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This article originally appeared in the Garland/Mesquite section of The Dallas Morning News on July 21, 1995.

By Michael R. Hayslip


The cotton market bloomed late in the Garland/Mesquite area, but it came on strong in the finish. All it needed for encouragement was war, gins, and trains.

Before the Civil War settlers of this area asked only enough cotton from their blackland farms to meet household needs. Wheat, corn and livestock generated the bulk of their income.   Although the United States had become a major world cotton producer after the Whitney/Holmes saw-type gins were invented in 1794/96, the output came primarily from plantation systems of  the deep South. Dallas and its surrounding counties had neither a slave population to work the fields nor an effective transportation system to move the cotton to market.

In her 1927 Garland News series “Seventy Years in the Garland, Dallas County, Texas, Area,” Mrs. George W. “Kate” James noted that there were only “small patches” of cotton raised around here for quilt batting, ropes and knitting thread, some of which was used to make summer socks and hose. Since the closest pre-war cotton gins were in Dallas (near SMU) and Farmers Branch, seeds and other particles, called “motes”, had to be picked out of the local cotton fibre by hand; otherwise, the thread would break in spinning.

At the outbreak of war cotton demand skyrocketed, and able men left the fields to fight. “The government (Confederacy),” wrote Ms. James, “confiscated all cotton bales to make breastworks.” Demand for consumption was such that any cotton available traded for as high as $1.50 per pound to those who could buy it.

Some women near Greenville, she reported, held up a government cotton wagon and took off a bale. “They told him their husbands were away fighting for the government, and their children were in rags.” One of the women fell off with the bale and broke her arm in the process.

After that war there was a wave of immigration here from the older cotton-producing regions, and local cotton acreage increased to the point that in 1868 Ms. James’ father, R. D. Jones, built the first cotton gin in Duck Creek, Garland’s predecessor village. Run by horse power at a capacity of only 16 bales per week, the Jones installation was supplemented within a year by the nearby gin of Col. T. J. Nash, and others soon appeared throughout Dallas and surrounding counties.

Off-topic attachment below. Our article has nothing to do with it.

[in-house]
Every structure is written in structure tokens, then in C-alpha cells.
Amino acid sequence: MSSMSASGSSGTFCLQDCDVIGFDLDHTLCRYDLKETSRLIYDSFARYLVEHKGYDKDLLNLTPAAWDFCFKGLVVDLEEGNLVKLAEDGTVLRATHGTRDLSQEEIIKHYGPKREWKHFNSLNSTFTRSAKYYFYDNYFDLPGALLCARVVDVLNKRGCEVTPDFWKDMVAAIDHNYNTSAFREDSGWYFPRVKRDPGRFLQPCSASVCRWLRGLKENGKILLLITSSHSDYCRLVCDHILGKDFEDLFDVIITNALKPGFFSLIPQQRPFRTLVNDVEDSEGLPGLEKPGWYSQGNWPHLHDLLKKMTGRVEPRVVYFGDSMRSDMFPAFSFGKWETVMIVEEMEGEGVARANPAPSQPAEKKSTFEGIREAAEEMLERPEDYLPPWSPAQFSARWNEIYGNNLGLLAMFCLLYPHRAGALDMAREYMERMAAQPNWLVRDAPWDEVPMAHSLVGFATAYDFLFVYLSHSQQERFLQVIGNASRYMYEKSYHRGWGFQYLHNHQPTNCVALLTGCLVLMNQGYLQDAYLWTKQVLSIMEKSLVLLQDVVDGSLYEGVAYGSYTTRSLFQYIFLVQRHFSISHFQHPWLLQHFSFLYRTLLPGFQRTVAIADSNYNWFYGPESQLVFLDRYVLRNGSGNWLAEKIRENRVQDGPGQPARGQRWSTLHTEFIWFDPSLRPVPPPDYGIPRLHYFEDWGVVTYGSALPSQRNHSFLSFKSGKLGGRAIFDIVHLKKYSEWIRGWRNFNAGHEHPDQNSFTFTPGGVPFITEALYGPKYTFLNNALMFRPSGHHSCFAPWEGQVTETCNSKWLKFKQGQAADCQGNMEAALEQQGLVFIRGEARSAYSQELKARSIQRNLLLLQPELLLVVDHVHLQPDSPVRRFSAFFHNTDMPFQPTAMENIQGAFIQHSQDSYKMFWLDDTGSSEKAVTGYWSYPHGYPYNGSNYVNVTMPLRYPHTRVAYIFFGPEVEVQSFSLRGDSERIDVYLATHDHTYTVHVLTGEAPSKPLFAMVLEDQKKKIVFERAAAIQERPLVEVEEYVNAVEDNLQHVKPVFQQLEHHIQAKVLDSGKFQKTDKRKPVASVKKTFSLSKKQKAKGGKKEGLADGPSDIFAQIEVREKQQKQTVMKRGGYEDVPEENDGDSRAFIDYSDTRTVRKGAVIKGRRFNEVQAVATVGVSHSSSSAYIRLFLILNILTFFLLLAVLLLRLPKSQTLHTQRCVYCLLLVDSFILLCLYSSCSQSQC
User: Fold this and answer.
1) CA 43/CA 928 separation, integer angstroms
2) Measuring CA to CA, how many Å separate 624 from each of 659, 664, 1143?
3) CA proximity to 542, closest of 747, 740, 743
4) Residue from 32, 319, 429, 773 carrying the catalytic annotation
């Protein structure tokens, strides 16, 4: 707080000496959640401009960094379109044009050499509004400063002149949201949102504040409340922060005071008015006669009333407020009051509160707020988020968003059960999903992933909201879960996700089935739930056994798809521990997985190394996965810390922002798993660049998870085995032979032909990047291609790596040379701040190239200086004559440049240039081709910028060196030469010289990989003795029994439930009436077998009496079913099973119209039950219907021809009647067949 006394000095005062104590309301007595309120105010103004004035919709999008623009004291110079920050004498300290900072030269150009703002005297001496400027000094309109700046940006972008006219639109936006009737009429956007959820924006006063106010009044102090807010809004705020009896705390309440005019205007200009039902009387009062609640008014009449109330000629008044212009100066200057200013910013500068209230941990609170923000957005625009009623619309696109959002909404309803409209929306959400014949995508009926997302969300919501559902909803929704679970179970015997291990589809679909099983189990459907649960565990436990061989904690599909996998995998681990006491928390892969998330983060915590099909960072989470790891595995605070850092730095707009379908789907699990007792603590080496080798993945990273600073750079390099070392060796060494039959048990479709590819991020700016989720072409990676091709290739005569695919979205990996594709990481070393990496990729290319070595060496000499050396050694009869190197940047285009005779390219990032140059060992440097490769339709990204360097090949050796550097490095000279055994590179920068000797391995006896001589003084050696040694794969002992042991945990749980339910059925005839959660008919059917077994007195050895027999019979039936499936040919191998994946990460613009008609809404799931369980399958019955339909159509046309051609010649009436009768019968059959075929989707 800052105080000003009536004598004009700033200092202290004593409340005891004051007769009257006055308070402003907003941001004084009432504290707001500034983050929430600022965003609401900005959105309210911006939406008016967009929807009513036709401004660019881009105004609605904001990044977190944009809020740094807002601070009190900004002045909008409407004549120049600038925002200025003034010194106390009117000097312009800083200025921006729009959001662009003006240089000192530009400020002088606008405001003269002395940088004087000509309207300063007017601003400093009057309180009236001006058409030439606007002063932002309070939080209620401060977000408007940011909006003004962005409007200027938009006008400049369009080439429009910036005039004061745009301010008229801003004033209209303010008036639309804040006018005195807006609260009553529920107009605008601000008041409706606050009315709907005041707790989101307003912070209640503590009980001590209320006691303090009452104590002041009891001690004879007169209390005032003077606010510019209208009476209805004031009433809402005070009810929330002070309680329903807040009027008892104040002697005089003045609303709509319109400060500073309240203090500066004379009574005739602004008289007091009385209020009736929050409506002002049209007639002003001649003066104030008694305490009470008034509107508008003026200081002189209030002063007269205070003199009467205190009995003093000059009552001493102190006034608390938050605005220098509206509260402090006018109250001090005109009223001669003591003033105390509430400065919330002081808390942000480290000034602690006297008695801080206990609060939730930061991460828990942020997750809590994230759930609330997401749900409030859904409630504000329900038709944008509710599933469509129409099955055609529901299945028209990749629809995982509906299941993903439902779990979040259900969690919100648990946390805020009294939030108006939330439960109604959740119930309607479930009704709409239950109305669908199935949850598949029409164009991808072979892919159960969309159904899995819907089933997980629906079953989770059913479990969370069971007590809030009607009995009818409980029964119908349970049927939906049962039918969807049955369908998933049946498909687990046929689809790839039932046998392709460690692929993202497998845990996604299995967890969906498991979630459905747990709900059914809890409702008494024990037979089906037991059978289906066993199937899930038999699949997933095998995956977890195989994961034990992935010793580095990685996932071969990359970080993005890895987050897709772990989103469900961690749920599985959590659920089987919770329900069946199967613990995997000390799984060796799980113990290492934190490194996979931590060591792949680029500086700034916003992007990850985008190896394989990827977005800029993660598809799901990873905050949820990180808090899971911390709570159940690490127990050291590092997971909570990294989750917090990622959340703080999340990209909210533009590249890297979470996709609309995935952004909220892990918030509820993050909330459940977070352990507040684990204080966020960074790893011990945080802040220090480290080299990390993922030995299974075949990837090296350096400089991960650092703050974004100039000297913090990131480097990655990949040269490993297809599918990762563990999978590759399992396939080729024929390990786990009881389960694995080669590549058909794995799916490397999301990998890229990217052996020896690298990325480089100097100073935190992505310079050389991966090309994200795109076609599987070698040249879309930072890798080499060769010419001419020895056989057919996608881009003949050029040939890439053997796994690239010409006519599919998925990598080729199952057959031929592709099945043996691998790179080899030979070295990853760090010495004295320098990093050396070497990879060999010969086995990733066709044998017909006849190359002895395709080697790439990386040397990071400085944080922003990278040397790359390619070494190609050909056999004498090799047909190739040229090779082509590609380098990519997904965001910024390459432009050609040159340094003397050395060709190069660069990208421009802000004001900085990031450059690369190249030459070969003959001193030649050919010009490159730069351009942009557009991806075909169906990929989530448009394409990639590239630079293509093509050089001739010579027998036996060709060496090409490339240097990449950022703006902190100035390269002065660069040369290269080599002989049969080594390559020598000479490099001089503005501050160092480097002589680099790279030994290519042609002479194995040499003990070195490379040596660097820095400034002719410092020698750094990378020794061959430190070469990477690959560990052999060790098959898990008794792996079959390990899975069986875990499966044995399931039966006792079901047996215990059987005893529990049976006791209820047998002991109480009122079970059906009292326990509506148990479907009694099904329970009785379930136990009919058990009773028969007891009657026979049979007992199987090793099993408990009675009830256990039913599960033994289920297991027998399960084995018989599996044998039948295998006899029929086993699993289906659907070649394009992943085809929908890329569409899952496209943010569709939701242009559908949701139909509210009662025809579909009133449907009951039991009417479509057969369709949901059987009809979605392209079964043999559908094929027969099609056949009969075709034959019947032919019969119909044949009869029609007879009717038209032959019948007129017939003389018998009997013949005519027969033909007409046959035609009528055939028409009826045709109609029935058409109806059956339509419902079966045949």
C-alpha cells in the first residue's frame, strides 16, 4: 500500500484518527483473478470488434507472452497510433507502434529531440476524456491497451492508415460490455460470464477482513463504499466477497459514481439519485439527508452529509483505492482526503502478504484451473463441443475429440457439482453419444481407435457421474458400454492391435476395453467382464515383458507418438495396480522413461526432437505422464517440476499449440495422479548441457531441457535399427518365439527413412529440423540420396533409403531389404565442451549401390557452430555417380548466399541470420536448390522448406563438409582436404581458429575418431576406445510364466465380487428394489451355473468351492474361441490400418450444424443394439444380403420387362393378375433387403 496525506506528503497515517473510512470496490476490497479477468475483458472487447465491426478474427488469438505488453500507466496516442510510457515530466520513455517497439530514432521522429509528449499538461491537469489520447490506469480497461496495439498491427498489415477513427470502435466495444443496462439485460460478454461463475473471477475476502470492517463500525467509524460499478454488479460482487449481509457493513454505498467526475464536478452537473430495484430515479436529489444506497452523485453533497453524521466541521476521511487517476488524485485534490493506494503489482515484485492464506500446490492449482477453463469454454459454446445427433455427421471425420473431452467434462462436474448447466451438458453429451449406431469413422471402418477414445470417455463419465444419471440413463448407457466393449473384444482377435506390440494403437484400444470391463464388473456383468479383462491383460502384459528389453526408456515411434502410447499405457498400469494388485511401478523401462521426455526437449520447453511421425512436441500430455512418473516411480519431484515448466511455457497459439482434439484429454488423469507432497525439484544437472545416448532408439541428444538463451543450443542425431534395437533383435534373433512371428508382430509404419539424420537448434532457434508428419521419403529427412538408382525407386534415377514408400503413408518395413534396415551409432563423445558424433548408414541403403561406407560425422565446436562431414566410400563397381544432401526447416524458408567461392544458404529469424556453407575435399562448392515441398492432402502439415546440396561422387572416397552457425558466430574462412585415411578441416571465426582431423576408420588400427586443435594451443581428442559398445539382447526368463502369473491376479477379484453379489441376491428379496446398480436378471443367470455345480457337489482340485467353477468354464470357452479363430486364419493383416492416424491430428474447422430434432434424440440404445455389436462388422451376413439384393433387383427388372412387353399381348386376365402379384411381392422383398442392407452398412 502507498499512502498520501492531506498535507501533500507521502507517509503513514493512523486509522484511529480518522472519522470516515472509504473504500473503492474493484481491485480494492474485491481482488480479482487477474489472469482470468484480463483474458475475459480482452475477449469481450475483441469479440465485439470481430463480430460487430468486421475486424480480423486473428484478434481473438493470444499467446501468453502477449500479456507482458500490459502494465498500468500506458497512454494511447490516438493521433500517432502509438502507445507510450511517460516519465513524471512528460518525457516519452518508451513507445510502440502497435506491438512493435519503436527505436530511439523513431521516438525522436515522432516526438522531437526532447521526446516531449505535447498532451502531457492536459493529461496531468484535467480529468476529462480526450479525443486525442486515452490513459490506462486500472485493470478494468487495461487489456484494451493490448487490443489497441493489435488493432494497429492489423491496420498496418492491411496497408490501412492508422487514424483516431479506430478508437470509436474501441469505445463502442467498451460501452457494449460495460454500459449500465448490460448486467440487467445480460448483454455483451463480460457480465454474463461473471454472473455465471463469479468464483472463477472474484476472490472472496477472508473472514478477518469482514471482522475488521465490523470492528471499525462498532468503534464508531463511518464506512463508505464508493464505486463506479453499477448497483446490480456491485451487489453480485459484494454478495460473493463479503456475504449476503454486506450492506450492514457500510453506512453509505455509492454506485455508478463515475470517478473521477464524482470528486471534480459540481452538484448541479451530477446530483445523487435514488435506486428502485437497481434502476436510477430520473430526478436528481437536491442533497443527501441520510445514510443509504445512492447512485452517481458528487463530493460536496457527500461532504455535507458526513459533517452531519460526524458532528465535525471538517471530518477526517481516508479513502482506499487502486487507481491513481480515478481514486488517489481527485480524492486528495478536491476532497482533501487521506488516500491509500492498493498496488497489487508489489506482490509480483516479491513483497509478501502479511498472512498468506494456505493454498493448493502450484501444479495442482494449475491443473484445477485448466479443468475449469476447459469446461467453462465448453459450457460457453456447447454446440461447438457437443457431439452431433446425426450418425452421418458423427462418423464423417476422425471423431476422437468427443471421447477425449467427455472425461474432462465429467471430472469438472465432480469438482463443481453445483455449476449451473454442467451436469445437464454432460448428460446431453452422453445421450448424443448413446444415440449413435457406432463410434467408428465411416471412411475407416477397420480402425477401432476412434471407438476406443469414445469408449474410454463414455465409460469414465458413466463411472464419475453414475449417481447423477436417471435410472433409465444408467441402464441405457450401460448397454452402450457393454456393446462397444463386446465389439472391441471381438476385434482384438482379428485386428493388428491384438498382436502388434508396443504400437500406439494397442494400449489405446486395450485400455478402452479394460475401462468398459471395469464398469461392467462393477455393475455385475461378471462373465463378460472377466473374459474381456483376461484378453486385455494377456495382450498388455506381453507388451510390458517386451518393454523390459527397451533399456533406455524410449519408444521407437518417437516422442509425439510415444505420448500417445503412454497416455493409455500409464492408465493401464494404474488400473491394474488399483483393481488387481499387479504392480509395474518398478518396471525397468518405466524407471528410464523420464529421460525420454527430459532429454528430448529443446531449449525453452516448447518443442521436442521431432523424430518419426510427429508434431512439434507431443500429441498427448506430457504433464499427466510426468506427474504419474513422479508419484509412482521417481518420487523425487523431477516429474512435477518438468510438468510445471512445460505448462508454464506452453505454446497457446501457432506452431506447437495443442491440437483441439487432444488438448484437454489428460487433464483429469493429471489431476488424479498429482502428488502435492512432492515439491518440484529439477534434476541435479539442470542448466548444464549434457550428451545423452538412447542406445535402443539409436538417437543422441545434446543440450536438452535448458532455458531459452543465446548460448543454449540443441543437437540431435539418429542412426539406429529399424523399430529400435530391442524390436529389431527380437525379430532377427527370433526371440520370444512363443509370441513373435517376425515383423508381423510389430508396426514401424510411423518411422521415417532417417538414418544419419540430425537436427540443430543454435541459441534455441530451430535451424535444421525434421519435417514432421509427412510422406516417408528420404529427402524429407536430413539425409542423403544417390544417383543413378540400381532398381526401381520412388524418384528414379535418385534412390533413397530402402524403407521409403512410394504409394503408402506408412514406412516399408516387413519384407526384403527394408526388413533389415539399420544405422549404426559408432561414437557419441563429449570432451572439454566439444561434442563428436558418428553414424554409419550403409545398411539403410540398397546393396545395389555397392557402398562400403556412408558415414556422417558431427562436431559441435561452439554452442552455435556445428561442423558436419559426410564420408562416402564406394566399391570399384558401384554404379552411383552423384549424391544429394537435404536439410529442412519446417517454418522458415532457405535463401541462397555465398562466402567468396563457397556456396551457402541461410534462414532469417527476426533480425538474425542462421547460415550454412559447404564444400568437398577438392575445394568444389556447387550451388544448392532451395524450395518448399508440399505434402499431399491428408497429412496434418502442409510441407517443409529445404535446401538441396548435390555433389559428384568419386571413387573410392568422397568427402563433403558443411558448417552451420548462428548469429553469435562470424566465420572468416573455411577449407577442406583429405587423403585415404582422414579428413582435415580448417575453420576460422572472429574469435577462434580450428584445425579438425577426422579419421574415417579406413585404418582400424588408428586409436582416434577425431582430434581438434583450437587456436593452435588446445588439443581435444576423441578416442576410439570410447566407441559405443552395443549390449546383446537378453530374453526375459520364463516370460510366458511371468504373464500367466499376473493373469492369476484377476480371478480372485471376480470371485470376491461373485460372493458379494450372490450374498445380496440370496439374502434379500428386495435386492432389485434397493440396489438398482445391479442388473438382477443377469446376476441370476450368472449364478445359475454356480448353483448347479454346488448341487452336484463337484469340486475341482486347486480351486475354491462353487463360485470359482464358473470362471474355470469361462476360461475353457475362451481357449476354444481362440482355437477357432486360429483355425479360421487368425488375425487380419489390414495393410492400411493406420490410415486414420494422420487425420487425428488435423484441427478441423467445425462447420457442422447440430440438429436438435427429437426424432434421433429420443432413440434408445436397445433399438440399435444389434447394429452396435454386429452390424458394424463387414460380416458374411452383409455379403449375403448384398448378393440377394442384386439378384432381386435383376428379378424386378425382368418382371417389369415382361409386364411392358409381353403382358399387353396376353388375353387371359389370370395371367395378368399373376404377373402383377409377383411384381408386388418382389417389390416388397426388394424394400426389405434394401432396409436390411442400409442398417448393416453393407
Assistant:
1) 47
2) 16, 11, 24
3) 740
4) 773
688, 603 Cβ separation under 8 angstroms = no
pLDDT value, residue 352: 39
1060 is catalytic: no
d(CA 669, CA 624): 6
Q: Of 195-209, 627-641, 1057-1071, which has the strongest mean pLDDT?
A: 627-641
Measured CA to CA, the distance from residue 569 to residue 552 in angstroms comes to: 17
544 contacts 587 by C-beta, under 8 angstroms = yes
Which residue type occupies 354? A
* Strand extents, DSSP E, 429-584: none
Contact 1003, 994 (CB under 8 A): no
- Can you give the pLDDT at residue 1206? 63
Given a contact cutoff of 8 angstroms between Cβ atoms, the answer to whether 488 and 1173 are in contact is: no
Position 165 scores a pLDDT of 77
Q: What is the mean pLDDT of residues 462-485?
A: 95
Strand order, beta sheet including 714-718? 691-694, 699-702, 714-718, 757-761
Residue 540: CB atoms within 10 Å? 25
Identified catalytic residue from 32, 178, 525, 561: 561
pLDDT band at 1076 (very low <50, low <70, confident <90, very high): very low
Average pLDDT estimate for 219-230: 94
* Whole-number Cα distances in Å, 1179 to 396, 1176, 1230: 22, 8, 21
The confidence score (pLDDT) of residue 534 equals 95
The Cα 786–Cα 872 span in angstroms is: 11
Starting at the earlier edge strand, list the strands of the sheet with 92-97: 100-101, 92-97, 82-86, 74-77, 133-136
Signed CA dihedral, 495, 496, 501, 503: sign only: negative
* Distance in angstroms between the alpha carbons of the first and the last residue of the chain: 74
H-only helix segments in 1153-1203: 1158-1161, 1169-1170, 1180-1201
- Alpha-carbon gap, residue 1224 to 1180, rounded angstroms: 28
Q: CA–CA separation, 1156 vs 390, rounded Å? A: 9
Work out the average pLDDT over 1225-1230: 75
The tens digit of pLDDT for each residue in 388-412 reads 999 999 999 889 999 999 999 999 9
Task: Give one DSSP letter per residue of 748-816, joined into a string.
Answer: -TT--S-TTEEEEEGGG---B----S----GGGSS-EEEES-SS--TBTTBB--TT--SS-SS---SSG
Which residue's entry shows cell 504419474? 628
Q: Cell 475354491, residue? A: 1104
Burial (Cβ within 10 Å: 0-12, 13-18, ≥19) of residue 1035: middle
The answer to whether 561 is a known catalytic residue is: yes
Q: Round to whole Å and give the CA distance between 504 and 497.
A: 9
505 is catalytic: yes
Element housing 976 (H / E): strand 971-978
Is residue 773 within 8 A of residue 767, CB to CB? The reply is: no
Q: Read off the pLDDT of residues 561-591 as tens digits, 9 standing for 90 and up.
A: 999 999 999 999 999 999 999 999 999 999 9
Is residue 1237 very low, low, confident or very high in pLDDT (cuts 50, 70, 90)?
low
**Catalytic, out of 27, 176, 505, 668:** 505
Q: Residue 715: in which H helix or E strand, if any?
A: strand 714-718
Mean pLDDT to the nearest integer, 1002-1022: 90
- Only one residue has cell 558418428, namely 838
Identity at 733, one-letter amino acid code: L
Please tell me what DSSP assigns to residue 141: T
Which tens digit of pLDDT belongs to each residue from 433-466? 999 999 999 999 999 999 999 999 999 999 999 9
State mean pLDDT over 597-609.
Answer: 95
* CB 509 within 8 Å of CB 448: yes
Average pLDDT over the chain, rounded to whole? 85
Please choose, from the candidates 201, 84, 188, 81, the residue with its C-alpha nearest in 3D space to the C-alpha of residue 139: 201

The cotton gins mechanically brushed out seeds, motes and other debris from the cotton fibres of mature bolls, leaving lint, which could be spun into thread. Once separated, the seeds were available either for planting or processing by a mill, which peeled off their hulls, cooked out the oil component and ground the residue into high-protein cottonseed meal. Normally, the gin installation included presses for bailing the lint into bales of cotton, and some contained grist mills as well.

Since many of the men returning from war had taken up freight hauling to earn a living, the bales, weighing an average of 490 pounds each, could be slowly hauled to a shipping point.  For an average rate of between $4.50 and $5.00 per hundred pounds the “driver” transported cotton by walking on foot beside the wagon, cracking a whip to encourage from three to eight yoke of oxen pulling the load.

Routing of the Texas & Pacific Railway and the creation of Mesquite in 1873 gave cotton farmers in that vicinity the jump on those in Garland, Rowlett and Rockwall, who waited until 1886 for connections from either the Missouri, Kansas and Texas or the Santa Fe lines.

But by the late 1880's the local cotton market had begun to flourish. Besides the uncertainties of weather pestilence, the farmer was frequently strapped for cash during the growing season, and since there were no banks in the immediate area until the mid-‘90s, credit flowed only from merchants and a few established individuals. Although 16 to 18 per cent was the going interest rate on crop loans, many a farmer still prospered with a couple of hundred acres and a healthy family. There were no income taxes at the time, and property taxes were negligible.

The 20th century dawned with King Cotton established as the dominant factor of the area’s economy. Aside from the brickyards in Mesquite, there were no industrial payrolls, and commercial activity reflected the price of white lint coming out of the gins.

Photo not available

Photo Caption:

The brand-new, steam-powered Tinsley and Tinsley cotton gin was one of several operating in the Garland/Mesquite area by 1910. Located near the present Historical Society building site in Rowlett, it stood on the location of a pre-1900 gin destroyed by fire in 1909.

Photo courtesy Earl Hammond.

This article originally appeared in Garland/Mesquite section of The Dallas Morning News on July 28, 1995.


By Michael R. Hayslip


When the local cotton market finally got into full swing, prices and production swung with it.